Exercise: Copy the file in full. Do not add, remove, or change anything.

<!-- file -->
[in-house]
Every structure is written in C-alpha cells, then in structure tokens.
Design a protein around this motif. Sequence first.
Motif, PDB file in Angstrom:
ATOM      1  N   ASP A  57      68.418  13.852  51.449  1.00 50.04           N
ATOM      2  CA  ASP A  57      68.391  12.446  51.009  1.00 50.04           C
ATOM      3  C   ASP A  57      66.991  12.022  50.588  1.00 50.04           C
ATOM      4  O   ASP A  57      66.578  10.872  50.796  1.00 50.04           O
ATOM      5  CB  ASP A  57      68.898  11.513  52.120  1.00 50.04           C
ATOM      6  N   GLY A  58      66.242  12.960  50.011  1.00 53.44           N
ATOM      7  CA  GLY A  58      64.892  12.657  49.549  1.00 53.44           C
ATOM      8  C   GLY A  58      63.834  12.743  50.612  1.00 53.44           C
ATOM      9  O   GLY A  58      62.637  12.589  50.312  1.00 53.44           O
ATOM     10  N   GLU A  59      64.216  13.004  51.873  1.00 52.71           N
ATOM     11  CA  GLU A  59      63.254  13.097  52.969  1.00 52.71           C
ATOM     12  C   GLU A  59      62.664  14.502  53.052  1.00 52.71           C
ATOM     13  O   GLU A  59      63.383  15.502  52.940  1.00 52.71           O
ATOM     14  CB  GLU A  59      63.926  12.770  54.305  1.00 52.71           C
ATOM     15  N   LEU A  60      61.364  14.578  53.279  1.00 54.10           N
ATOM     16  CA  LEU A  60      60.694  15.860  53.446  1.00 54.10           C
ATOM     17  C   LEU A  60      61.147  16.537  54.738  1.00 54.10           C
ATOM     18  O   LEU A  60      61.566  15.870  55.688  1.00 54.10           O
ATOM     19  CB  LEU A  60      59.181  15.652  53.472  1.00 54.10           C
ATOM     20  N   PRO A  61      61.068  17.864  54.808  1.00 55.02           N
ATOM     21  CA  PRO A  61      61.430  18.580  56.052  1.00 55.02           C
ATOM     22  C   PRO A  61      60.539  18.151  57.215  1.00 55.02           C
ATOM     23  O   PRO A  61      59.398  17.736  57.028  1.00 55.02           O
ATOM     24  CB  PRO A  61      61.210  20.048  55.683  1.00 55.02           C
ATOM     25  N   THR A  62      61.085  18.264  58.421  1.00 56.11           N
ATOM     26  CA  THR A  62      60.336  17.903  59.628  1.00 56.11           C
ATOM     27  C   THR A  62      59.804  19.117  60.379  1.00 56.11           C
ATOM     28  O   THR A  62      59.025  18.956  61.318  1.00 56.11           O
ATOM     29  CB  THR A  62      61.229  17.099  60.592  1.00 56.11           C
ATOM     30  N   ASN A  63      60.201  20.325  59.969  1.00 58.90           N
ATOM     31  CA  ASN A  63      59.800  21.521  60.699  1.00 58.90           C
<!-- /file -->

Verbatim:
[in-house]
Every structure is written in C-alpha cells, then in structure tokens.
Design a protein around this motif. Sequence first.
Motif, PDB file in Angstrom:
ATOM      1  N   ASP A  57      68.418  13.852  51.449  1.00 50.04           N
ATOM      2  CA  ASP A  57      68.391  12.446  51.009  1.00 50.04           C
ATOM      3  C   ASP A  57      66.991  12.022  50.588  1.00 50.04           C
ATOM      4  O   ASP A  57      66.578  10.872  50.796  1.00 50.04           O
ATOM      5  CB  ASP A  57      68.898  11.513  52.120  1.00 50.04           C
ATOM      6  N   GLY A  58      66.242  12.960  50.011  1.00 53.44           N
ATOM      7  CA  GLY A  58      64.892  12.657  49.549  1.00 53.44           C
ATOM      8  C   GLY A  58      63.834  12.743  50.612  1.00 53.44           C
ATOM      9  O   GLY A  58      62.637  12.589  50.312  1.00 53.44           O
ATOM     10  N   GLU A  59      64.216  13.004  51.873  1.00 52.71           N
ATOM     11  CA  GLU A  59      63.254  13.097  52.969  1.00 52.71           C
ATOM     12  C   GLU A  59      62.664  14.502  53.052  1.00 52.71           C
ATOM     13  O   GLU A  59      63.383  15.502  52.940  1.00 52.71           O
ATOM     14  CB  GLU A  59      63.926  12.770  54.305  1.00 52.71           C
ATOM     15  N   LEU A  60      61.364  14.578  53.279  1.00 54.10           N
ATOM     16  CA  LEU A  60      60.694  15.860  53.446  1.00 54.10           C
ATOM     17  C   LEU A  60      61.147  16.537  54.738  1.00 54.10           C
ATOM     18  O   LEU A  60      61.566  15.870  55.688  1.00 54.10           O
ATOM     19  CB  LEU A  60      59.181  15.652  53.472  1.00 54.10           C
ATOM     20  N   PRO A  61      61.068  17.864  54.808  1.00 55.02           N
ATOM     21  CA  PRO A  61      61.430  18.580  56.052  1.00 55.02           C
ATOM     22  C   PRO A  61      60.539  18.151  57.215  1.00 55.02           C
ATOM     23  O   PRO A  61      59.398  17.736  57.028  1.00 55.02           O
ATOM     24  CB  PRO A  61      61.210  20.048  55.683  1.00 55.02           C
ATOM     25  N   THR A  62      61.085  18.264  58.421  1.00 56.11           N
ATOM     26  CA  THR A  62      60.336  17.903  59.628  1.00 56.11           C
ATOM     27  C   THR A  62      59.804  19.117  60.379  1.00 56.11           C
ATOM     28  O   THR A  62      59.025  18.956  61.318  1.00 56.11           O
ATOM     29  CB  THR A  62      61.229  17.099  60.592  1.00 56.11           C
ATOM     30  N   ASN A  63      60.201  20.325  59.969  1.00 58.90           N
ATOM     31  CA  ASN A  63      59.800  21.521  60.699  1.00 58.90           C